Hiroki Kikuta had seemingly dissolved into thin air for a long time in the world of VGM – I personally hadn’t heard of anything high profiled since “Koudelka” back in 1998. I shame for me as I had always enjoyed his works. However in 2006 he quietly released “Lost Files”, a collection of unused songs he and written that were never placed in games or released on a soundtrack.
“Mona Lisa Overdrive” opens up with Hiroki clearly stuck in the early 1990’s synth mood, setting the mood for the album. In a very typical arcade sound, its a clunky and offbeat electronica rush that is slightly confusing and doesn’t really make sense. However “Newromancer” is a classic song sounding like it should have been used on something like Outtrun! A lead electronic guitar gives the main theme with overactive oragns giving us all the action hamming up in the background. Great stuff. “Burning Chrome” sounds like it came from “Soukaigi” only it once again is synthesized not instrumented but again is a very good track which some fun tweaks to it. “Catch A Falling Star” sounds like a Mega Drive era song which strangely plays a happy quirky song but seemingly all in minor chords because its cleverly off kilter all the time. “Oceanic” closes the first section of tracks with a beautiful crystallised melody quite reminiscent of “Seiken Densetsu” crossed with “Shadow of the Beast”!
We are then presented with a ten minute epic “Something Wicked on the Way” which opens like a cheesy 1980’s synth-pop song and stays that way slowly evolving its way through with different verses but coming back to the same chorus. Its a nice song but it is indeed a tad too long. It does make you a happy bunny though if you like synth music. “A Long Trip To Teatime” is another happy track using the same synth set again which reminds me of traditional arcade music. If you do not enjoy those sounds then sadly this CD is not for you at all. “Knight Moves” is more of a battle piece with heavy percussion and bass and not a lot else until a very funky piano riff kicks in. “The Einstein Intersection” is another weird track using brass stabs as a large part of the arrangement which completely throws the rest of the complex track out of proportion. The basis of the track is good indeed, if not called “Seiken Densetsu” era music but the brass stabs just jump from nowhere! Maybe it will grow one me… “A Scanner Darkly” gives a small Arabian tinge to the music with rolling adagios throughout before unexpectedly “A Small, Good Thing” gives us an acoustic guitar led track – the first real slow track of the album and its much needed too even if there’s not much to it, its still a nice simply melody.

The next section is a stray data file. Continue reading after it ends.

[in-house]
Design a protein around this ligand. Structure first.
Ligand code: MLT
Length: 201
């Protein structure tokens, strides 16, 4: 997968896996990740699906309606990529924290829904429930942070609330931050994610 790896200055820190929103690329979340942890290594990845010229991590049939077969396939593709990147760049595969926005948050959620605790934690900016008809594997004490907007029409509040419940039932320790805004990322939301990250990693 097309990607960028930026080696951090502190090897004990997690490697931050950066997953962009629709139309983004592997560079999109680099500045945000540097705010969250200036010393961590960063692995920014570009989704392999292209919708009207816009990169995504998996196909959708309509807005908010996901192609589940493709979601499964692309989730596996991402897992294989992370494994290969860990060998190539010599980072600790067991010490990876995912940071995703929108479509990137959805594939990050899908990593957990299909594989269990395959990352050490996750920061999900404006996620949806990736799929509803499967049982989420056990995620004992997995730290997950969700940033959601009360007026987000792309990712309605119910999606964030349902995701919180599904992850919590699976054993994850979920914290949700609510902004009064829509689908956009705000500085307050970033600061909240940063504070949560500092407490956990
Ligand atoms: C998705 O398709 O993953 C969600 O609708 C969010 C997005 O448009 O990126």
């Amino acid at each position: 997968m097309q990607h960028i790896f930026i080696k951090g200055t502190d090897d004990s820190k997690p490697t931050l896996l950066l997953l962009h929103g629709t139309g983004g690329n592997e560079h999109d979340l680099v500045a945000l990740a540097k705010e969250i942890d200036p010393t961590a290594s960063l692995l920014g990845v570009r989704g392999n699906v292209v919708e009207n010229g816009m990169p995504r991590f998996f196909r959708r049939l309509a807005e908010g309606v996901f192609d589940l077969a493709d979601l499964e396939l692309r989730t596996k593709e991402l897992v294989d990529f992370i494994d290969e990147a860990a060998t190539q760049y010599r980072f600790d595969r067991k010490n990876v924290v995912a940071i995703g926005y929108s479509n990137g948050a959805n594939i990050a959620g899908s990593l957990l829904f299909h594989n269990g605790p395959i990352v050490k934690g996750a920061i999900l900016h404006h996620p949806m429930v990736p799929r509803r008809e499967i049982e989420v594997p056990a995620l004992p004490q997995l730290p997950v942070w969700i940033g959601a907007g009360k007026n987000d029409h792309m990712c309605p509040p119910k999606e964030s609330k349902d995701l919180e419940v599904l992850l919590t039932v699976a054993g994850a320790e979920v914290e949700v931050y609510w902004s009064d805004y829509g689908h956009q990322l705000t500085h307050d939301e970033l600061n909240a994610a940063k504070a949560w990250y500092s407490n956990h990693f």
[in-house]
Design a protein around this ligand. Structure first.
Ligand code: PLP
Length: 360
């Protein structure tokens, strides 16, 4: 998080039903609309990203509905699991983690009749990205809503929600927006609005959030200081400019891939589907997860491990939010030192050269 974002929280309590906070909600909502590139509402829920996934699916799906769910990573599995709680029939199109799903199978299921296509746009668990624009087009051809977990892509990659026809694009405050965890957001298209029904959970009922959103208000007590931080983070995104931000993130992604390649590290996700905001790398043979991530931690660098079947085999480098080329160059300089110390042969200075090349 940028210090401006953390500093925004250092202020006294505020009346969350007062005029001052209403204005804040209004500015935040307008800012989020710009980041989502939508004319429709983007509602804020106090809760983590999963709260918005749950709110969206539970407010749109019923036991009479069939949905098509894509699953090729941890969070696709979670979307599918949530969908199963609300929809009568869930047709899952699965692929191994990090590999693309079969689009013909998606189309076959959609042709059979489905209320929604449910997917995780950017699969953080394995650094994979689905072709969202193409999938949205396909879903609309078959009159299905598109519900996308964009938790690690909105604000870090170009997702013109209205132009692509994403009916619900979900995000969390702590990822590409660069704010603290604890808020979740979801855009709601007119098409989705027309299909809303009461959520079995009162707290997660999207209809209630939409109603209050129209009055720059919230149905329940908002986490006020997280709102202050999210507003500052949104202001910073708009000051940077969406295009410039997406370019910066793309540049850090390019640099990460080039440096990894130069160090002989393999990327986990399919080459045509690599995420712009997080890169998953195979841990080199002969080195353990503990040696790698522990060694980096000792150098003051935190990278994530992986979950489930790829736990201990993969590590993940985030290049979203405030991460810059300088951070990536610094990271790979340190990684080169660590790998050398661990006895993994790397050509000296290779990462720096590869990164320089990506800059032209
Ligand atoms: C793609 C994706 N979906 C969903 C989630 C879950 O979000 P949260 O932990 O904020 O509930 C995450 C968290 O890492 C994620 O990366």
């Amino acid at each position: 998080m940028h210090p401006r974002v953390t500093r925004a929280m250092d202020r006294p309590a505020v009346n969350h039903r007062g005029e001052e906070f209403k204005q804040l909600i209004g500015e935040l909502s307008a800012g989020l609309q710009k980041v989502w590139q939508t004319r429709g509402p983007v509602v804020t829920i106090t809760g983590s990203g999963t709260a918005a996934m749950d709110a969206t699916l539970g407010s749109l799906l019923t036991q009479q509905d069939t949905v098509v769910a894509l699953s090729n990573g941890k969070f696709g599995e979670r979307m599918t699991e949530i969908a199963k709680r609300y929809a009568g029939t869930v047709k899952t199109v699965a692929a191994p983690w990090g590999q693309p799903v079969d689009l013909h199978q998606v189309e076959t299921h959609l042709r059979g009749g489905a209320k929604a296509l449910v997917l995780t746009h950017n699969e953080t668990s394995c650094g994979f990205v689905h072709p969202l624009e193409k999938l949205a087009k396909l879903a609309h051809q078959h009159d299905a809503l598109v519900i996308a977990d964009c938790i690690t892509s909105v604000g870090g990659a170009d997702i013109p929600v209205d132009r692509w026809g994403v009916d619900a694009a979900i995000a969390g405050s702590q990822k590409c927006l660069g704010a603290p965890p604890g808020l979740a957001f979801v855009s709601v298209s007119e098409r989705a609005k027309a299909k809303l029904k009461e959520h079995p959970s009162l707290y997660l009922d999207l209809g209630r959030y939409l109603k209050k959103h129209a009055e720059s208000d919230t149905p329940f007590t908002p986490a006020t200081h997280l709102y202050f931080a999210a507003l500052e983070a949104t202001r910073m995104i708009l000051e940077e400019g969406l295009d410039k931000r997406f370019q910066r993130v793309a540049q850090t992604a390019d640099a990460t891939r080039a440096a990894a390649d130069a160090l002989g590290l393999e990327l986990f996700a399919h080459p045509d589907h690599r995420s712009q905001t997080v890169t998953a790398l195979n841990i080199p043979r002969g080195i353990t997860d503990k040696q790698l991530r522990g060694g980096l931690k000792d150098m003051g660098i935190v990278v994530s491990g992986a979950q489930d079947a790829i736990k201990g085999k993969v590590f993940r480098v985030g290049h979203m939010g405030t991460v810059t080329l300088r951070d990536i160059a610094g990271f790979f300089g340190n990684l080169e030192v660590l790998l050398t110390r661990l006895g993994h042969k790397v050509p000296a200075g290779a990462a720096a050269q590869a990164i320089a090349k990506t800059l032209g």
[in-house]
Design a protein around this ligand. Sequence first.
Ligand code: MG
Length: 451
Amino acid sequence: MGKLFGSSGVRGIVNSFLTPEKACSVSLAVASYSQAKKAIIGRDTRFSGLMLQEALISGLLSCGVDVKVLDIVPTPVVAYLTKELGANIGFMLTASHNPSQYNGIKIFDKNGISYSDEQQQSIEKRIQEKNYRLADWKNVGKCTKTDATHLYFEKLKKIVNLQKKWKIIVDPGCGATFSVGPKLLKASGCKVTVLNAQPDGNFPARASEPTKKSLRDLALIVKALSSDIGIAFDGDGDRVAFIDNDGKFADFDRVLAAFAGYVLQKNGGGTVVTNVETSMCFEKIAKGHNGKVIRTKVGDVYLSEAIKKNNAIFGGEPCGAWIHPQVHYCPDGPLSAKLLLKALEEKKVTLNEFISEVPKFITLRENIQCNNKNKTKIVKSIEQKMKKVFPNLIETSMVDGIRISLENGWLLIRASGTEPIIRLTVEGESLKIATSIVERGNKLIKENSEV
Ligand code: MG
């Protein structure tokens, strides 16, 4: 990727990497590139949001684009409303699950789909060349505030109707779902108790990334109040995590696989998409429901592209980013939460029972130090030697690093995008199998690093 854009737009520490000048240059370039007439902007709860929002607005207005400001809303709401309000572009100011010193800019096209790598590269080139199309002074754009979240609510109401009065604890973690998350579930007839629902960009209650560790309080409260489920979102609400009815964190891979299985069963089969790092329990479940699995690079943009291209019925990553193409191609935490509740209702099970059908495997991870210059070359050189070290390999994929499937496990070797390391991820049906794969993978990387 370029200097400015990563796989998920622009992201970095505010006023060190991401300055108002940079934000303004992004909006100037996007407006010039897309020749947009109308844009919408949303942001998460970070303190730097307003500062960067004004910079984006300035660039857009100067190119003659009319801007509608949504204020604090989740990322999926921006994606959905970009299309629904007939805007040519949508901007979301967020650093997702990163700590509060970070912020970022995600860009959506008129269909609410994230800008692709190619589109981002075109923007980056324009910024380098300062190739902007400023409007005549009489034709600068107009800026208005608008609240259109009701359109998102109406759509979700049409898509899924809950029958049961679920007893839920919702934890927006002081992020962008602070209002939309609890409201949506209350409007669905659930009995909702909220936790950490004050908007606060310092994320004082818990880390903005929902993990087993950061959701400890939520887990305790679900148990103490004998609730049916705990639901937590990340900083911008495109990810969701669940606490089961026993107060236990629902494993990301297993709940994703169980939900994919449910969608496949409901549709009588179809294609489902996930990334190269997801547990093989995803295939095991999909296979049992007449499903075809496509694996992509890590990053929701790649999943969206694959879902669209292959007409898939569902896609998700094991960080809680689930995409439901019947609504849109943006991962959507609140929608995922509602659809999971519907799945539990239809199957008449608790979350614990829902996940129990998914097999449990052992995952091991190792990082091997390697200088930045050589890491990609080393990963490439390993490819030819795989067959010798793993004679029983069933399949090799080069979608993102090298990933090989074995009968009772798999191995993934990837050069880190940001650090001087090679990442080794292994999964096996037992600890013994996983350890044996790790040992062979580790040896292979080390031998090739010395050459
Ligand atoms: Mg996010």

Phase three of the soundtrack is a six-track flowing piece. Each section is called “Tenryo-to Kitan” followed by its part number. The synths are now updated to pretty much “Soukaigi” level. The opening part is very typical of the game actually and suddenly the album leaps into a new higher level after the early tracks were good but nothing special. Part 2 is a fun sneaking song by the sounds of it with some funky bass and electric piano. Part 3 sounds like a percussive heavy battle track with some vocal ad-libs thrown in for good measure and reminds me slightly of his “Koudelka” battle works. Part 4 is an excellent work of giving scope with not many instruments. It reminds me a bit of the “Chrono Trigger” arrangements for some reason – the same beats and jazz workings. Part 5 is another fast paced piano led battle track before Part 6 gives us a beautiful stadium rock finale to the section – a song that really uplifts you.
The final track of the section is “The King to Elflands Daughter” where we have what seems a very up to date synthed track. It’s elegant harps, strings and flutes backed by big percussive thuds are really quite something and I’d actually say this is my favourite track from the CD.
Hiroki Kikuta’s “Lost Files” face a similar problem as albums such as “F.F.Mix” does. They are unreleased track compilations and marketed as never-before-heard-gems. While some of the tracks are very good it must be said, a few of the earlier tracks on the album are let down because of the synth work chosen. I am a huge fan of very early VGM however I think the songs here could have benefited from being upgraded to today’s standard of musical genius. Sometimes the cymbal crashes just hiss too much over the main tune, or the ambient pads are too harsh to be calming. If they were unreleased tracks, we’d have never known if they’d been upgraded! However it has whet my appetite for more Kikuta and I hope we hear more from him soon – his latest track, the final on this album, is a corker.